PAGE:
Many of the issues that we face today are actually very difficult circles to square. For some things there are no easy answers. How Europe should respond to boatloads of migrants crossing stretches of water is not straightforward. We can begin though by remembering that they are people who are desperate and have made incredible journeys in the pursuit of a new life away from horrors unbearable. We have been reminded again what comes of what some of those horrors are with the events in Tunisia and France. Many have been trafficked, some even phoning for help from inside a lorry outside our city. The root cause of their migrating lies in the countries they leave. Many of the ethical issues that we face today don’t lend themselves to easy soundbites, which makes communicating difficult in a media dominated age. We saw this with the mitochondrial DNA debates earlier in the year. Anyone who aims to speak on behalf of the church needs to work on how they are going to present their case, what the person who led my media training a number of years ago termed as ‘the Sun-reader’s headline’. Having our feet outside means we have to do a great deal of research before commenting and the communicating needs to be clear what we see the central issue as being, finding an accessible way in. It doesn’t mean we shouldn’t comment but making sure we have something valid to say and that it is said clearly matters enormously. And we won’t have anything distinctive to say unless it stems from a faith that is rooted on prayerful reflection; head in the chapel and feet outside.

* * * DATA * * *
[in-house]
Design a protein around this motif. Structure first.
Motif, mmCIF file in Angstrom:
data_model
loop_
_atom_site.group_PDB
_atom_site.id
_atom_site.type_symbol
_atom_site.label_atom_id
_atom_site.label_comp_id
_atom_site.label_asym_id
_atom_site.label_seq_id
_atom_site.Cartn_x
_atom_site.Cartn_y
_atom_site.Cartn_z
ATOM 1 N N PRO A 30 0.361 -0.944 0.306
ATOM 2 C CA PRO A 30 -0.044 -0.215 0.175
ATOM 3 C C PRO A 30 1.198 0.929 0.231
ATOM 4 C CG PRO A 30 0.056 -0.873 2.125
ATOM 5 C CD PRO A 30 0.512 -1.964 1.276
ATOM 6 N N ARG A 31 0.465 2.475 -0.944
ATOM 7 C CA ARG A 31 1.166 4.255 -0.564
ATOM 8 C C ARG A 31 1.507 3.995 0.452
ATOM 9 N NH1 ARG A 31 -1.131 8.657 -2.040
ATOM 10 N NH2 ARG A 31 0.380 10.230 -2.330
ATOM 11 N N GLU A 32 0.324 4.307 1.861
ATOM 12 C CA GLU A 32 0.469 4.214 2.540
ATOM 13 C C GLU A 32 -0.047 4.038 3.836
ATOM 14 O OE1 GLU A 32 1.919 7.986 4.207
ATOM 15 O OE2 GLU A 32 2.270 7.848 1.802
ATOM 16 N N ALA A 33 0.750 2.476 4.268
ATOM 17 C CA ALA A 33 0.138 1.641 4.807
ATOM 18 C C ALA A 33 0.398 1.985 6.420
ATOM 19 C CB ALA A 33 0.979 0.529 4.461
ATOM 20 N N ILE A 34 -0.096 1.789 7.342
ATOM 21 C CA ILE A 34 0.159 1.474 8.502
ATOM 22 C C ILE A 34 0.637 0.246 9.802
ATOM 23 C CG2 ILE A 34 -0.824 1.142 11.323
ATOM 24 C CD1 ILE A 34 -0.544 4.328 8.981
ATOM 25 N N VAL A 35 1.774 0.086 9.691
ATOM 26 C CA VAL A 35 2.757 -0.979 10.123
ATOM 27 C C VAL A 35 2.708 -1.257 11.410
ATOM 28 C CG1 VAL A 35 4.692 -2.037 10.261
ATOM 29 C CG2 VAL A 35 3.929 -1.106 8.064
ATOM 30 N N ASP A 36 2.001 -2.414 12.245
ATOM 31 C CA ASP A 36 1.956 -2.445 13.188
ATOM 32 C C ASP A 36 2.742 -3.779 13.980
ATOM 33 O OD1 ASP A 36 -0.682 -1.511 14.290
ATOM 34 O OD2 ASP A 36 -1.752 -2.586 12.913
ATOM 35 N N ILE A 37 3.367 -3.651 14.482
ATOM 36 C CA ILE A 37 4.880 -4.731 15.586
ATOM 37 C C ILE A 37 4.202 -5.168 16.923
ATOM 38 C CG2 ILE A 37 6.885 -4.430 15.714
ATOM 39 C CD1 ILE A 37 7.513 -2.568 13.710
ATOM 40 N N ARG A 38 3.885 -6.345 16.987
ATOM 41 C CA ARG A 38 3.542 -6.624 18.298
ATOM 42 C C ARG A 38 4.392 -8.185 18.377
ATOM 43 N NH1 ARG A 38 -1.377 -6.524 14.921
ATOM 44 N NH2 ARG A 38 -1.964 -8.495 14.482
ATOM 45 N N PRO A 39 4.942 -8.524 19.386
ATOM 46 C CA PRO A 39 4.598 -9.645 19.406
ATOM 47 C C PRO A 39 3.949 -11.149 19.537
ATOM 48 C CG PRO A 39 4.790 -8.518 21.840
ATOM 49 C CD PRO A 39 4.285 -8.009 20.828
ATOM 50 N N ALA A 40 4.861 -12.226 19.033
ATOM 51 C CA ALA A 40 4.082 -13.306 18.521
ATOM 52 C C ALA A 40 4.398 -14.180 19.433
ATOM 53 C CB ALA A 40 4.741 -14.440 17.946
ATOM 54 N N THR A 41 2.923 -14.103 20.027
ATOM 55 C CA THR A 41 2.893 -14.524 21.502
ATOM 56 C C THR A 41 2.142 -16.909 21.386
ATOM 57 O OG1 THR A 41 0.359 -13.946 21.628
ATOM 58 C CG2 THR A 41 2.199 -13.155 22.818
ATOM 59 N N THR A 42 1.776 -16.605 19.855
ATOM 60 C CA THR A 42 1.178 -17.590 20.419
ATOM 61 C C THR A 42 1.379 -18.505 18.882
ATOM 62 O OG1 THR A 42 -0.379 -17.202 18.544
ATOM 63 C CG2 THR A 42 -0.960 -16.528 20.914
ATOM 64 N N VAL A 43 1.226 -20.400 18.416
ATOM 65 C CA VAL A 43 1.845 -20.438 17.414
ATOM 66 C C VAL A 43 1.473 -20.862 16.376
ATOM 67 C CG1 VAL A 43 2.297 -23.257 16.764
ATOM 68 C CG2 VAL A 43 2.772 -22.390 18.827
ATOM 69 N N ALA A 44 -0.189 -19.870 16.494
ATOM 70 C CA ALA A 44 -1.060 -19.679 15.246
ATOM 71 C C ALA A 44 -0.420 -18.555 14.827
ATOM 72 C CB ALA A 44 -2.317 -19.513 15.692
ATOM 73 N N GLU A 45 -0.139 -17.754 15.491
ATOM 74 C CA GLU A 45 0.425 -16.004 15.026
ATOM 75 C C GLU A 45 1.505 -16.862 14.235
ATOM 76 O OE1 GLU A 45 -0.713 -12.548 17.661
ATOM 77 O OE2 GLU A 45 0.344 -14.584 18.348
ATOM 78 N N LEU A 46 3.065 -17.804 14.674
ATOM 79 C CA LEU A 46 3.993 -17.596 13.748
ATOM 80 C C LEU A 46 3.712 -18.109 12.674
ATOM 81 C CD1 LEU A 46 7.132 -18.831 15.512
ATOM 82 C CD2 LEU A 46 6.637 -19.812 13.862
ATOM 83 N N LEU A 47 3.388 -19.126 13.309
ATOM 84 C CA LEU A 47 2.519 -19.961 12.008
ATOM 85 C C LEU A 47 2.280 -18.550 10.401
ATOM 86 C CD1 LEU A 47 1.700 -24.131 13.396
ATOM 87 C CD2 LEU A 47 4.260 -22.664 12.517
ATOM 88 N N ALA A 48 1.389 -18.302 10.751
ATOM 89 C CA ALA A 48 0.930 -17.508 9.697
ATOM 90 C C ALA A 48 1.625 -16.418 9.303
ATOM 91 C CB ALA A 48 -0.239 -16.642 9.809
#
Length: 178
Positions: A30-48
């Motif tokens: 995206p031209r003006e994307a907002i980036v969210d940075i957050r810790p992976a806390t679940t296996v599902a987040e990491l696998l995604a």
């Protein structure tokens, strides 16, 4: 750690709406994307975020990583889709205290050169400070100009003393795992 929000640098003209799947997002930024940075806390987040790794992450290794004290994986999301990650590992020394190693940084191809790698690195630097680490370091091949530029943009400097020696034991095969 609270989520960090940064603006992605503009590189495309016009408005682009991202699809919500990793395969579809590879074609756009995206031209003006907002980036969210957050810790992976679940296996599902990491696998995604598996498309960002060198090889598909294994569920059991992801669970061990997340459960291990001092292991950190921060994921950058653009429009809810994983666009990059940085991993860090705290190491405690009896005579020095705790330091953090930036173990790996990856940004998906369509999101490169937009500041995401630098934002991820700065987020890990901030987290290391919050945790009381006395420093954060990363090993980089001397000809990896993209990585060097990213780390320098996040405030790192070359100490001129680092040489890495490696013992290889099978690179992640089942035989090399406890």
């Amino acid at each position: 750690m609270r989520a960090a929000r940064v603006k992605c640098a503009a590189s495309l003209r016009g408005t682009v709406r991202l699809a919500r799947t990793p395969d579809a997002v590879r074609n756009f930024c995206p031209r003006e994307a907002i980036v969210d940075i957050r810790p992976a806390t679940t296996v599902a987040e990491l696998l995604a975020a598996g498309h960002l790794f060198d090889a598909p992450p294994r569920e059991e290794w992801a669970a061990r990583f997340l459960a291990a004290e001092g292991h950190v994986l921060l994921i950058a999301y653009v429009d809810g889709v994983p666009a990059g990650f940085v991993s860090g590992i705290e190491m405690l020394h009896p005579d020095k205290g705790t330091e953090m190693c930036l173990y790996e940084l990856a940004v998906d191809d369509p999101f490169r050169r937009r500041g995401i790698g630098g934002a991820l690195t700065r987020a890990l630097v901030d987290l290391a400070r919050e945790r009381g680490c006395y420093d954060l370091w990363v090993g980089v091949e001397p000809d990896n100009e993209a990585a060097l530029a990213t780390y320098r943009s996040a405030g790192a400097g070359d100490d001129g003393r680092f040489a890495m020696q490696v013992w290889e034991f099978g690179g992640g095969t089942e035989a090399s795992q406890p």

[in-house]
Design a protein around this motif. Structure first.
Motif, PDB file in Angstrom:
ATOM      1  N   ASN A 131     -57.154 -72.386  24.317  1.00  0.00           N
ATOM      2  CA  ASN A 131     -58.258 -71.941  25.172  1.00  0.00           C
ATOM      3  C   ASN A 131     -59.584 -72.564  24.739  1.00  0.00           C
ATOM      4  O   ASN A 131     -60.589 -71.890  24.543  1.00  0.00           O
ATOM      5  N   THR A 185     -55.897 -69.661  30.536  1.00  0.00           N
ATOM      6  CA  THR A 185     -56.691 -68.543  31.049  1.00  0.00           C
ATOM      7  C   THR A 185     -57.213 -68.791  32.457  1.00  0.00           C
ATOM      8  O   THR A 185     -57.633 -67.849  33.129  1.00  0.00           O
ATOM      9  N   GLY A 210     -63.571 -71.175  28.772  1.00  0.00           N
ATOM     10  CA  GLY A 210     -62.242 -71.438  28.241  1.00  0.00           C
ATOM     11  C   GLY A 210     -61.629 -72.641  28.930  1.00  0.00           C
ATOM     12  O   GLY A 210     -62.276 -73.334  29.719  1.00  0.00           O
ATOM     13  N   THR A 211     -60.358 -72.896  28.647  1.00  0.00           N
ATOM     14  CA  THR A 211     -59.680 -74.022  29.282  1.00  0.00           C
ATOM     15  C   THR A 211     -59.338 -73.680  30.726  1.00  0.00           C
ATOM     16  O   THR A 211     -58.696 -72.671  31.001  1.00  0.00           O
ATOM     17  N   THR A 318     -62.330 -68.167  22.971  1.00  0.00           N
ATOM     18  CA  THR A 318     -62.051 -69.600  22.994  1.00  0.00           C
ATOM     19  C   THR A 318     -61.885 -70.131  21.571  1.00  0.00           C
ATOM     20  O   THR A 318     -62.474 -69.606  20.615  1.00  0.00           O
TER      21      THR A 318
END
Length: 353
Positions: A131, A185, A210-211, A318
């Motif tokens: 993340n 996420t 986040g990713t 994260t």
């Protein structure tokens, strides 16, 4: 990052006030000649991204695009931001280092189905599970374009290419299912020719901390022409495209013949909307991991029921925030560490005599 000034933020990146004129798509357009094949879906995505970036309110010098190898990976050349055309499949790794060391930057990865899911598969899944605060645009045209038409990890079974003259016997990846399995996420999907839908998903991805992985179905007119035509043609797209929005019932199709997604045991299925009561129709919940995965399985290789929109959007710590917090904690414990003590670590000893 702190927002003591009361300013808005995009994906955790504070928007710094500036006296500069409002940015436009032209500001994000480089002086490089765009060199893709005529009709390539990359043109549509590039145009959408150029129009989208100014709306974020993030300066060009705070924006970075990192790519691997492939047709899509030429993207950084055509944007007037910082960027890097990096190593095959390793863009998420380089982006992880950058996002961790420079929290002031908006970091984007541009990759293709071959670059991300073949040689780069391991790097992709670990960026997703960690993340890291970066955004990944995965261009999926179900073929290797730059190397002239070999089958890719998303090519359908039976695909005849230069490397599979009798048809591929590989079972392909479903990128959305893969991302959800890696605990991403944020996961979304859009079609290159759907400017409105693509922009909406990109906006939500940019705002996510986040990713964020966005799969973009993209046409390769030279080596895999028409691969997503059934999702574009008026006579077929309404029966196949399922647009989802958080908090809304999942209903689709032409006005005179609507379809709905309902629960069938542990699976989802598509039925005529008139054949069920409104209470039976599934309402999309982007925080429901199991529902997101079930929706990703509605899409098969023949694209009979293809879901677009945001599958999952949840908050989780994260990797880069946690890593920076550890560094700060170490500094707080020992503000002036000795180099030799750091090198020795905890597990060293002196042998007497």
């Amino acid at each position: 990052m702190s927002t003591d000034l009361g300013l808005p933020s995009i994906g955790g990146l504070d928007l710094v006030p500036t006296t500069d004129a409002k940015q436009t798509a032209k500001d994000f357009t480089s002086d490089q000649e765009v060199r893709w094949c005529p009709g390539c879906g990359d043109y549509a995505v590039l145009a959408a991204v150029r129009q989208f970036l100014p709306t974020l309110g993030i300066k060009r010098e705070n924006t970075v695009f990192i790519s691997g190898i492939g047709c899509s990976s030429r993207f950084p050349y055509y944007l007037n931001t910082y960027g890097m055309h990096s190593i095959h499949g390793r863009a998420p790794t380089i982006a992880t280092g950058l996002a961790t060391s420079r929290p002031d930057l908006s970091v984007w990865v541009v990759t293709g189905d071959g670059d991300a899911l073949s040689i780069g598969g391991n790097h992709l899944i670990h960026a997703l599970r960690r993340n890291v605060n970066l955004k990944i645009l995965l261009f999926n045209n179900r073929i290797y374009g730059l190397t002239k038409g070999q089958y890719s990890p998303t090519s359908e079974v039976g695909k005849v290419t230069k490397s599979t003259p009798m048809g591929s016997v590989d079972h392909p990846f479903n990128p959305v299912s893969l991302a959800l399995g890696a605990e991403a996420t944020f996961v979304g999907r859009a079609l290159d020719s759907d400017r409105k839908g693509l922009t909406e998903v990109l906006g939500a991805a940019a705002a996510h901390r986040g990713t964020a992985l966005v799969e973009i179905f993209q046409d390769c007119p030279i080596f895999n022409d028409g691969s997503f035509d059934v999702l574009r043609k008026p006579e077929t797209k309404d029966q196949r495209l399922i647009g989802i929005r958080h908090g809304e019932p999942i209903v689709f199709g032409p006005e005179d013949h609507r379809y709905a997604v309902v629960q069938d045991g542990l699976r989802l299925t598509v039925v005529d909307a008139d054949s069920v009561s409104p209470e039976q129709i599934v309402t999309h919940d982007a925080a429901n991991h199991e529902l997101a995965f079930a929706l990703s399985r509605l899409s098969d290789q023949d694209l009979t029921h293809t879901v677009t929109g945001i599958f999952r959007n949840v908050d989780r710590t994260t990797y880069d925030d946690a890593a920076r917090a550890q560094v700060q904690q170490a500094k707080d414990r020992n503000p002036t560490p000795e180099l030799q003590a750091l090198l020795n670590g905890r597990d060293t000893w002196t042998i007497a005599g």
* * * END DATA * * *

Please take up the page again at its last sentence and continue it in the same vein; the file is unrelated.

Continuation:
These last few days have seen some atrocious acts and it is natural to feel nervous. One danger is to blame all religious people for violence and want a ‘neutral’ world. That is a delusion. There is no such thing as neutral, nothing comes values free. When we proclaim justice we base this on what we see as being true, right, how things should be. That is always based on an underlying belief about who we are, who you are and how we should live. If our faith doesn’t give us that it is in the words of the Epistle to James useless. Faith without works is dead. But works without a faith, without a guiding philosophy, is routeless and directionless. It floats free. Faith that is true will be just, will be honouring and will be life-giving; it will bless.
Sitting, as this church does, in the middle of the city square we have a special vocation to proclaim faith as the inspiration for life; that blesses and proclaims justice. We are called to follow John the Baptist in prophetical witness that calls to follow God, prepares for his Kingdom. We are called to have our head in the chapel and our feet outside.
Sermon preached in Peterborough Parish Church, Sunday 28th June 2015